The Chevrolet Bolt hums off of Mulholland Highway and swings east toward Malibu, a view of frothy Pacific surf filling its steeply raked windshield. After 3 hours of driving, from suburban L.A. snarls to wilderness canyons, the all-electric Bolt is well on its way toward topping its official, EPA-rated range of 383 kilometers (238 miles).
It’s my first drive in the Bolt, whose unassuming shape masks seriously ambitious thinking and technology. And I don’t mind saying I’m having a blast. But there’s more testing to do. Now, ahead of me, a Toyota full of youngsters that’s adorned with a Pepperdine University bumper sticker is ambling down the Pacific Coast Highway, part of the famous Highway One, which cuts a spectacular swath from the redwoods of Northern California nearly all the way to San Diego.
Easing up behind the Toyota, its occupants completely unaware of my stealthy approach, I nudge the Bolt left, hammer the gas—er, accelerator—and feel the signature, instant-on shove of 361 newton meters (266 foot-pounds) of electric torque. The front-mounted electric motor, its magnets made from dysprosium (it’s a rare earth element—you can look it up), cranks out 149 kilowatts (200 horsepower).
And that’s not the only wizardry under the hood. Its motor maxes out at 8,810 rpm, almost twice the revs of the Chevy Spark EV’s motor. As a result, the Bolt’s single-speed transmission can adopt a much shorter gear ratio to boost efficiency.
The upshot? The Bolt is no Ludicrous-mode Tesla, but it’s still seriously quick, able to scoot from 0 to 100 kilometers per hour (62 miles per hour) in about 6.3 seconds. The Bolt flies past the Toyota, and the only clue to the accelerative violence taking place is a mellow electric hum.
The Bolt has already won a more-important race: With all eyes on Tesla’s long-delayed Model 3, it’s Chevrolet that has delivered the world’s first affordable long-range electric car.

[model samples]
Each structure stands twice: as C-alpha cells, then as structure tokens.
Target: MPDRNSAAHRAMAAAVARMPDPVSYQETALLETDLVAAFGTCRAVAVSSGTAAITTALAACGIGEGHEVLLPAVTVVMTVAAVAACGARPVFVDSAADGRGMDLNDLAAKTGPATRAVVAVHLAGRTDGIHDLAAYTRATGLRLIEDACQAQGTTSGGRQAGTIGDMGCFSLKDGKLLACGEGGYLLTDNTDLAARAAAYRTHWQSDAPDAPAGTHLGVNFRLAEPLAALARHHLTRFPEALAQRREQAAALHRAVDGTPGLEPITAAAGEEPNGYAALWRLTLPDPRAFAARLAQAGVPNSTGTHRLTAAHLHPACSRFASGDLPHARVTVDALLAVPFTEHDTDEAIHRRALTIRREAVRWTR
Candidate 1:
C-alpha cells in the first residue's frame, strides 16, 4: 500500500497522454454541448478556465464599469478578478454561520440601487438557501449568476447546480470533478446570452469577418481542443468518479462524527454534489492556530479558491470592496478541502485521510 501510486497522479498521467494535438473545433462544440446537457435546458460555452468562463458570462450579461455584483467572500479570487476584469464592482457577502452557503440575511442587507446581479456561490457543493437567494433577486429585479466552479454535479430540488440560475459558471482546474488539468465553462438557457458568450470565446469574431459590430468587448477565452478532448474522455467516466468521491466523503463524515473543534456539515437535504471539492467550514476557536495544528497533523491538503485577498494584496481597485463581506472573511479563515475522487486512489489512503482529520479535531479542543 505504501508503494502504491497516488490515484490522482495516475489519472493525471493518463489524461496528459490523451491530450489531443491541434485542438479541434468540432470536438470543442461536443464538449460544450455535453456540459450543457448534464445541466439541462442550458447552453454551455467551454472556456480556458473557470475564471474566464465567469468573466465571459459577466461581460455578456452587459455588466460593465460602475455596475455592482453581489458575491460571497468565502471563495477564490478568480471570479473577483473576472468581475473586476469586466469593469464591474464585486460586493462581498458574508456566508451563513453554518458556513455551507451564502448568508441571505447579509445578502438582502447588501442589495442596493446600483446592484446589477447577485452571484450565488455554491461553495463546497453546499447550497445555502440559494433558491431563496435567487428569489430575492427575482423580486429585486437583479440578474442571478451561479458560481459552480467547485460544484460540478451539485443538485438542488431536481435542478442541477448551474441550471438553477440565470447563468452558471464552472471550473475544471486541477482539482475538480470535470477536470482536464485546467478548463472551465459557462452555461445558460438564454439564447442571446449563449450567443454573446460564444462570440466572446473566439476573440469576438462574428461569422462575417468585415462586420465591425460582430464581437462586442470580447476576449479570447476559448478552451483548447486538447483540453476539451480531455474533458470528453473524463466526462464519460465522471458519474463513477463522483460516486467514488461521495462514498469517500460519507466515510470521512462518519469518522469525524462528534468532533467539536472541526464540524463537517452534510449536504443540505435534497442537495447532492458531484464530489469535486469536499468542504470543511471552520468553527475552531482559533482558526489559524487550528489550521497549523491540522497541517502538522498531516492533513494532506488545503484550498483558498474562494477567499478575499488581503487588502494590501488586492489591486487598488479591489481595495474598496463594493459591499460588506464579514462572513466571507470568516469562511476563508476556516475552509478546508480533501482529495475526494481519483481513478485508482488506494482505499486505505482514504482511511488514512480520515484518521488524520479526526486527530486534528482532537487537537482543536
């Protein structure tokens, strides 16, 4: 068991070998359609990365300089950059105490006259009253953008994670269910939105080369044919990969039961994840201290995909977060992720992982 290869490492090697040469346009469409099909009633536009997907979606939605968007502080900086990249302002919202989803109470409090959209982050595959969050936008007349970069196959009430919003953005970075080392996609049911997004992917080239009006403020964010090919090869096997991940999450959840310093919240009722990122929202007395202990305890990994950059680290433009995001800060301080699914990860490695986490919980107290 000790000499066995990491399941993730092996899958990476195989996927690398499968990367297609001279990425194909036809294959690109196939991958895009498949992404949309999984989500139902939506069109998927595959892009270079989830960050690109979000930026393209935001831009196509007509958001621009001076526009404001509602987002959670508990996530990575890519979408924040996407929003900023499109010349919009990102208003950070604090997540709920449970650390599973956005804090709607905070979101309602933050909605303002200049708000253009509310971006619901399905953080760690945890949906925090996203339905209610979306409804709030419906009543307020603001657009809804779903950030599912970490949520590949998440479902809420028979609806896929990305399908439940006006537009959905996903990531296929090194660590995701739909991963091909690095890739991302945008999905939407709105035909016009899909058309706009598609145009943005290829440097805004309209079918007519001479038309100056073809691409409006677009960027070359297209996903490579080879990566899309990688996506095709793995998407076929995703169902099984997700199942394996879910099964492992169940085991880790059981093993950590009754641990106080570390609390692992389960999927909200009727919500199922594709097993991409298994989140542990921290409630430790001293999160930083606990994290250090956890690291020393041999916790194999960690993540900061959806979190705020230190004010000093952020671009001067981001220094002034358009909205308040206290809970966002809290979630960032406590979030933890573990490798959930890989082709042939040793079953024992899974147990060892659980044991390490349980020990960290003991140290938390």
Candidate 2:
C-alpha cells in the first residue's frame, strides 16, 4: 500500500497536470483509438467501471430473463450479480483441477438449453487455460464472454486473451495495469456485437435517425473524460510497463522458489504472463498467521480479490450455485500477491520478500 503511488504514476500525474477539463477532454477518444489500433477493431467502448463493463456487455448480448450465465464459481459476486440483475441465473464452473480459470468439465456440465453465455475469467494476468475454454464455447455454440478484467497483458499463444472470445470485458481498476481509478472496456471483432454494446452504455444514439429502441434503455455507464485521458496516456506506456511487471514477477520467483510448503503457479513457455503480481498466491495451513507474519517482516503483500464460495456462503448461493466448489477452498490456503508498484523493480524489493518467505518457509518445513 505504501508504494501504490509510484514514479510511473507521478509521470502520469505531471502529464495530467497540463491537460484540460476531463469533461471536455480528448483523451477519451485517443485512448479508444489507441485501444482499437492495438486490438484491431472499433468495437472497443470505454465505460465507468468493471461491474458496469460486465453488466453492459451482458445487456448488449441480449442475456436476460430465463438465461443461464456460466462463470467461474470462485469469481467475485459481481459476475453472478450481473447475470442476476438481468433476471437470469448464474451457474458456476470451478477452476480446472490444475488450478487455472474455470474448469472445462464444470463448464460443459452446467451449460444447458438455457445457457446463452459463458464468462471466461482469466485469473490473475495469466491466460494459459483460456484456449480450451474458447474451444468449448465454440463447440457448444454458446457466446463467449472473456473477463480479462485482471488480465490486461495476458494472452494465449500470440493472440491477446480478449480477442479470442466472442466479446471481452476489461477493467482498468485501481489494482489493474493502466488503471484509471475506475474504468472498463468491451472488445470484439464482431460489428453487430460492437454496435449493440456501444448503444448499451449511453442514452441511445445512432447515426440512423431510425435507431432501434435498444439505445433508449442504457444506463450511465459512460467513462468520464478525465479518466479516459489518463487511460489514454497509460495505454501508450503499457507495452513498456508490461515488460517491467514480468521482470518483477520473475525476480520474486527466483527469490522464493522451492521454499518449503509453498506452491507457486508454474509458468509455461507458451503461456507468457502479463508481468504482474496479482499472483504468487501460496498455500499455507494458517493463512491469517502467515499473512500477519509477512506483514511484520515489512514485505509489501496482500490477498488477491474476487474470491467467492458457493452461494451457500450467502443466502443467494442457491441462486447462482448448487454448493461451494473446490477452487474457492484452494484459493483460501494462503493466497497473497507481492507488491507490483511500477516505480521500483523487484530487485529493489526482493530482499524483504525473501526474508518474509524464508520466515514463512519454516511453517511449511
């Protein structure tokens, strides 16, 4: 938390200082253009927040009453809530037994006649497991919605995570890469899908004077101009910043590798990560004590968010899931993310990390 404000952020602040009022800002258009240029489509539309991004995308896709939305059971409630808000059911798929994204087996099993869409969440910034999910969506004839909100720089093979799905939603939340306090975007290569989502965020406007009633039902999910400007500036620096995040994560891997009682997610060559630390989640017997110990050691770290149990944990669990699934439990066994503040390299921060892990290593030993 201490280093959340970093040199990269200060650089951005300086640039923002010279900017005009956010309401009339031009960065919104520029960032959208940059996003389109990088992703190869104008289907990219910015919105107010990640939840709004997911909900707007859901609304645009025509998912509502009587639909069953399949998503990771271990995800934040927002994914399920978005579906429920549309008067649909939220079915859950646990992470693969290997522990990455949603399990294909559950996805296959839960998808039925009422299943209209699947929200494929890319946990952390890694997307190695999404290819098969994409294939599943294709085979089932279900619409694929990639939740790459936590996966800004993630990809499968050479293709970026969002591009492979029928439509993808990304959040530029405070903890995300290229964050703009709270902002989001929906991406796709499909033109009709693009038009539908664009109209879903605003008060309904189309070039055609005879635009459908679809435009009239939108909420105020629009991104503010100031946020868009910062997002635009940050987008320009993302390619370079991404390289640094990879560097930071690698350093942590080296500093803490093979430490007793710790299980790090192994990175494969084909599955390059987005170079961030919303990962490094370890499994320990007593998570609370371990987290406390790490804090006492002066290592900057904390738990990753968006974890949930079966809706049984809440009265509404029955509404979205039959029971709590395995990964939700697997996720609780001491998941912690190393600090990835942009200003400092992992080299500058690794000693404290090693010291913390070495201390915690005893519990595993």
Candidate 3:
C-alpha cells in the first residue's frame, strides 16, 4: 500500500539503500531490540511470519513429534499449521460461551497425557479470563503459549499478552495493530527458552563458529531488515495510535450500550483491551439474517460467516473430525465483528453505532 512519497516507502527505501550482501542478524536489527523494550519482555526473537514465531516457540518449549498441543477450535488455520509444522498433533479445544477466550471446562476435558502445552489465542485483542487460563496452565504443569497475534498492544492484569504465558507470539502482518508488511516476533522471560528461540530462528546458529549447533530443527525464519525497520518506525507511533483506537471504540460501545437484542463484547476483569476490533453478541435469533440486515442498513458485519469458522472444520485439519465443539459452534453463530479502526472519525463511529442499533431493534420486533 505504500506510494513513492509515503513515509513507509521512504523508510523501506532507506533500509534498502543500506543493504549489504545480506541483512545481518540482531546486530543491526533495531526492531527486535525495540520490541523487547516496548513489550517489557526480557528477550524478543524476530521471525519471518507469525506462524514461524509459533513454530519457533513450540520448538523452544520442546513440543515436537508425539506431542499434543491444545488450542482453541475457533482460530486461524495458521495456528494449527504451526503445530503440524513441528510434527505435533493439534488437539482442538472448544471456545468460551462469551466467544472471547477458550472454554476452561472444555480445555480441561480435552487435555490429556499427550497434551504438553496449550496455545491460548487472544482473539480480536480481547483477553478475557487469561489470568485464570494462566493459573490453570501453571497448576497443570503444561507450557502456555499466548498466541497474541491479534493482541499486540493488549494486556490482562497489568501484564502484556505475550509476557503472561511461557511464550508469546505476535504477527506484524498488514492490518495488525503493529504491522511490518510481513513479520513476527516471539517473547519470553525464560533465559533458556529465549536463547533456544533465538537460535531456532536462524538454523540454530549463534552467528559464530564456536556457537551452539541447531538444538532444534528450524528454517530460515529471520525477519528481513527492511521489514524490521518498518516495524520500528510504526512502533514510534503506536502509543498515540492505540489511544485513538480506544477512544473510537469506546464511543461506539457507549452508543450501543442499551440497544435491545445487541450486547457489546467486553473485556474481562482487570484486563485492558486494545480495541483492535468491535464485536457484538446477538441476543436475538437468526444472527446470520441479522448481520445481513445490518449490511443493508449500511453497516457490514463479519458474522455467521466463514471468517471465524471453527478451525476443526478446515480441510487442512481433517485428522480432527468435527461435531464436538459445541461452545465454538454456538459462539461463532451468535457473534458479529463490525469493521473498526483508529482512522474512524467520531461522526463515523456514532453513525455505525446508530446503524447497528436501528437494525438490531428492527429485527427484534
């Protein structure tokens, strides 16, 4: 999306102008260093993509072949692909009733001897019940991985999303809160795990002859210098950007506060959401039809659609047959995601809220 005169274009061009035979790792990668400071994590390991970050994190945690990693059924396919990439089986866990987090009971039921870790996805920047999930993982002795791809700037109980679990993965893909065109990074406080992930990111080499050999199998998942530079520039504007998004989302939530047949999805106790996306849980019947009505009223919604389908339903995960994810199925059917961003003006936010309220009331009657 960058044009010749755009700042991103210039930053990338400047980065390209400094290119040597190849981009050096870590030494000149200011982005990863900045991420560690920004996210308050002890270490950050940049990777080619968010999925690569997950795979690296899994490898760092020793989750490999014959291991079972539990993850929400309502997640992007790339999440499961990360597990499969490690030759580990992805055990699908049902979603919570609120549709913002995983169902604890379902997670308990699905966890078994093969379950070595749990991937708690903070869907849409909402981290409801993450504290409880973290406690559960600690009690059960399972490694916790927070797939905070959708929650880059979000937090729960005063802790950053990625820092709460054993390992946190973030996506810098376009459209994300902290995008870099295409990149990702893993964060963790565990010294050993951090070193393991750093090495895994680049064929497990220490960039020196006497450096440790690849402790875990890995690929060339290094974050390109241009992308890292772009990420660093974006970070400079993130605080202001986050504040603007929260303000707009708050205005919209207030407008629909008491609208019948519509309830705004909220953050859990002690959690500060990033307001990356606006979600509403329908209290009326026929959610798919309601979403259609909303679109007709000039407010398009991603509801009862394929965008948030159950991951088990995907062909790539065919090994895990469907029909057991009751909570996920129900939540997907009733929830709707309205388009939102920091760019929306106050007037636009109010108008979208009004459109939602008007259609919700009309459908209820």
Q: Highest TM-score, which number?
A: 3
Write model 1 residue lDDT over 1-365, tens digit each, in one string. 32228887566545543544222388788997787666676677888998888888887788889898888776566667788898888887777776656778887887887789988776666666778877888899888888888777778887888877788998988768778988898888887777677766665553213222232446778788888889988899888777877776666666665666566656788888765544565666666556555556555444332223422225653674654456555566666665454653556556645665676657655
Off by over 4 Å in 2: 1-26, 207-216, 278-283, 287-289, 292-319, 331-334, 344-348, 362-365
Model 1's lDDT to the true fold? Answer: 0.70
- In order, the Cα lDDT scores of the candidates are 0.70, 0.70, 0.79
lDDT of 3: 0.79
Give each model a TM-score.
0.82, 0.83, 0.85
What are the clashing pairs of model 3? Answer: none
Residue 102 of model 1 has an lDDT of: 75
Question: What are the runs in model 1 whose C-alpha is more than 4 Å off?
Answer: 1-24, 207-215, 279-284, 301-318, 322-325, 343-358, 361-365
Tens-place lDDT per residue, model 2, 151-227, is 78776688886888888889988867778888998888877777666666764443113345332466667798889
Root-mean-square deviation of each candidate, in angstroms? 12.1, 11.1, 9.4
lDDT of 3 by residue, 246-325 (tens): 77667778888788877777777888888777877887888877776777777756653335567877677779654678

It remains to be seen how many people are yearning to go electric but have been deterred by, for example, the US $120,000 price of the Tesla Model S P90D. At $29,995, after figuring in the generous $7,500 U.S. federal tax credit, the Bolt is poised to usher in a new era of pure electrics. The Chevy likely renders short-range EVs obsolete, along with the “range anxiety” that turned off buyers who shied away from a car that couldn’t quite get to Grandma’s house and back.
Chevy made waves when it disclosed it had achieved an industry-low cost of $145 per kilowatt-hour for the Bolt’s battery, even angering its LG Chem supplier, which feared that other customers would demand a similar deal. Bill Wallace, GM’s chief battery engineer, said it was less about arm-twisting its supplier and more about applying low-cost methodologies—from raw materials to manufacturing—while ensuring that the Bolt battery wouldn’t flame out like a Galaxy Note 7.
To carve out enough range for about 4 hours of freeway travel—or perhaps a week’s worth of around-town operation—the Bolt packs a remarkably compact and power-dense battery that spans its entire floor. Its 60-kWh capacity matches the battery in the base-model Tesla Model S.
Peaking at 160 kW, the Bolt’s 288 lithium-ion cells have a “nickel-rich” chemistry, which boosts the ratio of nickel beyond the typical 1:1:1 spread with manganese and cobalt of this type of battery. The new nickel-boosting technology not only stores more energy but can also run hotter, by about 5 °C, with no loss in performance and durability.
Rather than the air cooling employed by EVs like the Nissan Leaf, the Bolt adopts the more costly and sophisticated liquid cooling of its cousin, the plug-in hybrid Chevrolet Volt. That system should make for longer battery life, especially for owners in hotter climes.